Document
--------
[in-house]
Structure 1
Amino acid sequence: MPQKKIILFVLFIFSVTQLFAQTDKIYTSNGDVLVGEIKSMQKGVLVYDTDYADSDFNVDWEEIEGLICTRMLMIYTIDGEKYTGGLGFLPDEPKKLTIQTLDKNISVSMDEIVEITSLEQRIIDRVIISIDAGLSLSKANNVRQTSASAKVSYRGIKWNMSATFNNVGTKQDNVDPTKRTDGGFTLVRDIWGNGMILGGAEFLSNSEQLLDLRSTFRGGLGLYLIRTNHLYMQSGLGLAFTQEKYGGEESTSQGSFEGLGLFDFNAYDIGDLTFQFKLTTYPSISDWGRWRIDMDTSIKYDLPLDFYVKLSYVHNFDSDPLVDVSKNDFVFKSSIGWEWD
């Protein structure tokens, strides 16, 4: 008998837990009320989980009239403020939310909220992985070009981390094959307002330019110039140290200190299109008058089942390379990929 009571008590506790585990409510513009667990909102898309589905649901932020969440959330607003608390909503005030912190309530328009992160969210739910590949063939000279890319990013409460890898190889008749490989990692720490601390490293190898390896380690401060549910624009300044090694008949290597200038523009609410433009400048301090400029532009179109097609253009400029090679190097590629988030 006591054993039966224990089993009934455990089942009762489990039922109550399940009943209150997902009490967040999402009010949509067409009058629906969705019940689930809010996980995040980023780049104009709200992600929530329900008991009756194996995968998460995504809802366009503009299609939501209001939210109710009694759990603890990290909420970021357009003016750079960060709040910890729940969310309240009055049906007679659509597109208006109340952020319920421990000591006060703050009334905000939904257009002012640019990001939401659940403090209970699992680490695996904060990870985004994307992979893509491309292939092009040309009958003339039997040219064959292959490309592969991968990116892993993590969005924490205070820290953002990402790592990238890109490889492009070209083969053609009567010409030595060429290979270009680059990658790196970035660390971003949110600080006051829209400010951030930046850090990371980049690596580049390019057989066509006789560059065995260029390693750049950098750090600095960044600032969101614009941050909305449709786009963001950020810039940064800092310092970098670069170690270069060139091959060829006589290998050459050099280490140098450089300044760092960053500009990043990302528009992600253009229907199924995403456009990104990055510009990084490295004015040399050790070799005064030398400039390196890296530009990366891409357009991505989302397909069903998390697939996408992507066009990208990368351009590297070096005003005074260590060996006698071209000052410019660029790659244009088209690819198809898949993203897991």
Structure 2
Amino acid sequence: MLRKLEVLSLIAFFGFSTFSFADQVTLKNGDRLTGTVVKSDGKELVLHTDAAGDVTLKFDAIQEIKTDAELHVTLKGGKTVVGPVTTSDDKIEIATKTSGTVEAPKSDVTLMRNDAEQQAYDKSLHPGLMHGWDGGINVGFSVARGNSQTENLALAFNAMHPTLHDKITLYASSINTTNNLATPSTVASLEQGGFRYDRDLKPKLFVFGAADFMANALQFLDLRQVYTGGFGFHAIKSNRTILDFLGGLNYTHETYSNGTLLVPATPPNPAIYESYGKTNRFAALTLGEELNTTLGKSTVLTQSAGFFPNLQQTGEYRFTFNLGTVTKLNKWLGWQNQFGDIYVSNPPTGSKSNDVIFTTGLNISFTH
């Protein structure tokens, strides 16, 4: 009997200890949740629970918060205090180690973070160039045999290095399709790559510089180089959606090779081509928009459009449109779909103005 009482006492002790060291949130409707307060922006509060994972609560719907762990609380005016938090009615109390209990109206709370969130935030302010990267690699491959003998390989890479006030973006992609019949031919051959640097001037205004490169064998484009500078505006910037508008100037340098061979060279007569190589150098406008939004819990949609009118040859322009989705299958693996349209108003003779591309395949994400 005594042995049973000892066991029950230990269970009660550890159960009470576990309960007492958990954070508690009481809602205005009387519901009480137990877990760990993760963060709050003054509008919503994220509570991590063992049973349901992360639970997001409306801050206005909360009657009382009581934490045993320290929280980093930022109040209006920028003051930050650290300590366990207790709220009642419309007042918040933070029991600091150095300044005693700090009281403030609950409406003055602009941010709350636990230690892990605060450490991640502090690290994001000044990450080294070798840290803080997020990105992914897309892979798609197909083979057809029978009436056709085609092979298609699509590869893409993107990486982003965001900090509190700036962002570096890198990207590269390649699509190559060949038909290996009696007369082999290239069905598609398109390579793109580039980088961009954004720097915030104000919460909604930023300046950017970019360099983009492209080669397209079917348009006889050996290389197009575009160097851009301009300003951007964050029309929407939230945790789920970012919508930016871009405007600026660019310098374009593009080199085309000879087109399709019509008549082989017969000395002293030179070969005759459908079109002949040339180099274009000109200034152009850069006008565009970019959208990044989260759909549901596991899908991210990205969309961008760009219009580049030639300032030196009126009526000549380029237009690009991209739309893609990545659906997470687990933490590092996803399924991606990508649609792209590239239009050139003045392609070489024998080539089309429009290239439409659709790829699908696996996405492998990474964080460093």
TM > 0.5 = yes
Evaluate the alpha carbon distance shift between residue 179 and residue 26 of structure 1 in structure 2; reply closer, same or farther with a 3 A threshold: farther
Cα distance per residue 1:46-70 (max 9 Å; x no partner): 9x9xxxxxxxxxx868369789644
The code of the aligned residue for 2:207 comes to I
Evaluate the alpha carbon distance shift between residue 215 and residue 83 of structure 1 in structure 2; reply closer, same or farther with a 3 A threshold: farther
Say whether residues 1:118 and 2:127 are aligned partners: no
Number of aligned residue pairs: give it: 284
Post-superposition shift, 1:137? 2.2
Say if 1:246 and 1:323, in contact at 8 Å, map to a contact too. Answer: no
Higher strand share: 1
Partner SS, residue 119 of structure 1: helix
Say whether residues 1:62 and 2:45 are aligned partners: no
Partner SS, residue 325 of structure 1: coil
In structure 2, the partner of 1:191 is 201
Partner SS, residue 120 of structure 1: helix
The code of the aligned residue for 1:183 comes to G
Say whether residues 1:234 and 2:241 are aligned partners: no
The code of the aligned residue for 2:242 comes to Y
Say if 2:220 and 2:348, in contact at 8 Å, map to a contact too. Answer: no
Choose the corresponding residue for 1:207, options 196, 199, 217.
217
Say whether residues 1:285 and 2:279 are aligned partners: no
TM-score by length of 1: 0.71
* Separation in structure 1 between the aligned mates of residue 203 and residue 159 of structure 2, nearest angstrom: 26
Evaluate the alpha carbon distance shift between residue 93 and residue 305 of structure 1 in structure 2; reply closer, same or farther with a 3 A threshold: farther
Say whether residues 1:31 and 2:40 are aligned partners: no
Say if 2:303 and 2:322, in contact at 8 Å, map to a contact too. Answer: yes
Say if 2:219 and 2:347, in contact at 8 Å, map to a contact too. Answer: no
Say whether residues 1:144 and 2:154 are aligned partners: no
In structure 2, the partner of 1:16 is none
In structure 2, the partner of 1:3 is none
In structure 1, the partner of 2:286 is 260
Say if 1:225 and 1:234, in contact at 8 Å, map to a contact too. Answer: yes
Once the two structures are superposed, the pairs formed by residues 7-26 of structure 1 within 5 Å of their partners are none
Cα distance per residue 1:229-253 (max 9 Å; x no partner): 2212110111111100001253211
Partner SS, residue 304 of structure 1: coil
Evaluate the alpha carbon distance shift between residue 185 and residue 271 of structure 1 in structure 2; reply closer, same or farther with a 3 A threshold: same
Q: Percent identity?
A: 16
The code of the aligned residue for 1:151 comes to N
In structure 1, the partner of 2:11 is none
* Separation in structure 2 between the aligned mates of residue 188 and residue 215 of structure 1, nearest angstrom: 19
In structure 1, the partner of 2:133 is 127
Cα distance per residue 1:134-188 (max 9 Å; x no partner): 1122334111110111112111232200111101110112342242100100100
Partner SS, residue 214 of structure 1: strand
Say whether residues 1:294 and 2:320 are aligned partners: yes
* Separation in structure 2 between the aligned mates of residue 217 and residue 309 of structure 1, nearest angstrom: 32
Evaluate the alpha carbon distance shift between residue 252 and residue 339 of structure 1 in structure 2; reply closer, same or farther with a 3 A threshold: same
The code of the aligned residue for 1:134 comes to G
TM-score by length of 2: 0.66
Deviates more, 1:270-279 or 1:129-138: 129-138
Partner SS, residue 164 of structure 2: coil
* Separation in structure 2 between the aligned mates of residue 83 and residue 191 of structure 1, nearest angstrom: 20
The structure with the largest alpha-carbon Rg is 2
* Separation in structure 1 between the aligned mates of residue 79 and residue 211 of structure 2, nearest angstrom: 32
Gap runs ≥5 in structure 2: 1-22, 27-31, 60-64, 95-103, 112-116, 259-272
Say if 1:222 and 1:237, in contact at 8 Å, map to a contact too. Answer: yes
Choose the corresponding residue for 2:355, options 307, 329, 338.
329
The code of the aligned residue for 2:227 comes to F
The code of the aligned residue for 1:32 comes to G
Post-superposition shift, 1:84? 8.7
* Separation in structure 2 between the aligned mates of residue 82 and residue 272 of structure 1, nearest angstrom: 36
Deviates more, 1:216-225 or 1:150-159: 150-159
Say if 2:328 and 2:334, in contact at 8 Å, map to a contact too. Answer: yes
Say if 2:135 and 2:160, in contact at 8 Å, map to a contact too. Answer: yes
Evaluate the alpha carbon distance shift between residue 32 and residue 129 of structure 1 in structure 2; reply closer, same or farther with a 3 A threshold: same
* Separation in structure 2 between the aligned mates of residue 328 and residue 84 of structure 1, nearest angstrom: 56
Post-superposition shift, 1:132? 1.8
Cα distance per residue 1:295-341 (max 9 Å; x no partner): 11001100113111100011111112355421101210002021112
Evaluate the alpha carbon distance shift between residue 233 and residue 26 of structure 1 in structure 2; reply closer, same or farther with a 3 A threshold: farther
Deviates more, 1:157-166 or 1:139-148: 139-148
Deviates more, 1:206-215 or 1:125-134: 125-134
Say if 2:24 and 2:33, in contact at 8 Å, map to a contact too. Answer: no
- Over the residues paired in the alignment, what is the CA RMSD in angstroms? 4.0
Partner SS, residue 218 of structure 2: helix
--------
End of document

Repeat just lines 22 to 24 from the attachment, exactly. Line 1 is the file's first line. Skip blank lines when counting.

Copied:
Partner SS, residue 120 of structure 1: helix
The code of the aligned residue for 1:183 comes to G
Say whether residues 1:234 and 2:241 are aligned partners: no